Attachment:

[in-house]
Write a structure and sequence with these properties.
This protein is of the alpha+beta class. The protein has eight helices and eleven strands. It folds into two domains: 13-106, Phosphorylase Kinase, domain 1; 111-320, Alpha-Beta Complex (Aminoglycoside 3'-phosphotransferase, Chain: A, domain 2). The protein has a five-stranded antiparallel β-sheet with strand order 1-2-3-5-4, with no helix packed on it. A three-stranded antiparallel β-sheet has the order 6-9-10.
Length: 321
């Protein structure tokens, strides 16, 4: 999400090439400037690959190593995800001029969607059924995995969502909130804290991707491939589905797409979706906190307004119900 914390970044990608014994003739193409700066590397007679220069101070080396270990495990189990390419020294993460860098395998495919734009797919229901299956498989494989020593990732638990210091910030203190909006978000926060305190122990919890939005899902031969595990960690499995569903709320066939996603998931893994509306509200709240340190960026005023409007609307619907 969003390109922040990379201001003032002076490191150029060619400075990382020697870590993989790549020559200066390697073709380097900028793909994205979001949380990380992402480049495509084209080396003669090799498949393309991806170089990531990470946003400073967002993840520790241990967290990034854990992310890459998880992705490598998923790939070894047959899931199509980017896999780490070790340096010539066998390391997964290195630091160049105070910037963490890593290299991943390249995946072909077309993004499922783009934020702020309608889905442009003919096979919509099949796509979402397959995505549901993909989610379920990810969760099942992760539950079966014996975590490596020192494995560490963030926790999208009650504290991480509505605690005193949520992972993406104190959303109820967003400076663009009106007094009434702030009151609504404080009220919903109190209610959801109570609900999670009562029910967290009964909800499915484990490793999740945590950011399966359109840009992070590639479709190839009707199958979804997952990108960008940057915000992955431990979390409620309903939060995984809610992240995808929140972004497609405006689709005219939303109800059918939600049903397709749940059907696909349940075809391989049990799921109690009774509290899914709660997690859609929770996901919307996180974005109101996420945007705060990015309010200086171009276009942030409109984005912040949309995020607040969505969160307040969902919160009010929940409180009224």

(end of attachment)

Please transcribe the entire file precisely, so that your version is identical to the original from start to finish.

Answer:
[in-house]
Write a structure and sequence with these properties.
This protein is of the alpha+beta class. The protein has eight helices and eleven strands. It folds into two domains: 13-106, Phosphorylase Kinase, domain 1; 111-320, Alpha-Beta Complex (Aminoglycoside 3'-phosphotransferase, Chain: A, domain 2). The protein has a five-stranded antiparallel β-sheet with strand order 1-2-3-5-4, with no helix packed on it. A three-stranded antiparallel β-sheet has the order 6-9-10.
Length: 321
């Protein structure tokens, strides 16, 4: 999400090439400037690959190593995800001029969607059924995995969502909130804290991707491939589905797409979706906190307004119900 914390970044990608014994003739193409700066590397007679220069101070080396270990495990189990390419020294993460860098395998495919734009797919229901299956498989494989020593990732638990210091910030203190909006978000926060305190122990919890939005899902031969595990960690499995569903709320066939996603998931893994509306509200709240340190960026005023409007609307619907 969003390109922040990379201001003032002076490191150029060619400075990382020697870590993989790549020559200066390697073709380097900028793909994205979001949380990380992402480049495509084209080396003669090799498949393309991806170089990531990470946003400073967002993840520790241990967290990034854990992310890459998880992705490598998923790939070894047959899931199509980017896999780490070790340096010539066998390391997964290195630091160049105070910037963490890593290299991943390249995946072909077309993004499922783009934020702020309608889905442009003919096979919509099949796509979402397959995505549901993909989610379920990810969760099942992760539950079966014996975590490596020192494995560490963030926790999208009650504290991480509505605690005193949520992972993406104190959303109820967003400076663009009106007094009434702030009151609504404080009220919903109190209610959801109570609900999670009562029910967290009964909800499915484990490793999740945590950011399966359109840009992070590639479709190839009707199958979804997952990108960008940057915000992955431990979390409620309903939060995984809610992240995808929140972004497609405006689709005219939303109800059918939600049903397709749940059907696909349940075809391989049990799921109690009774509290899914709660997690859609929770996901919307996180974005109101996420945007705060990015309010200086171009276009942030409109984005912040949309995020607040969505969160307040969902919160009010929940409180009224």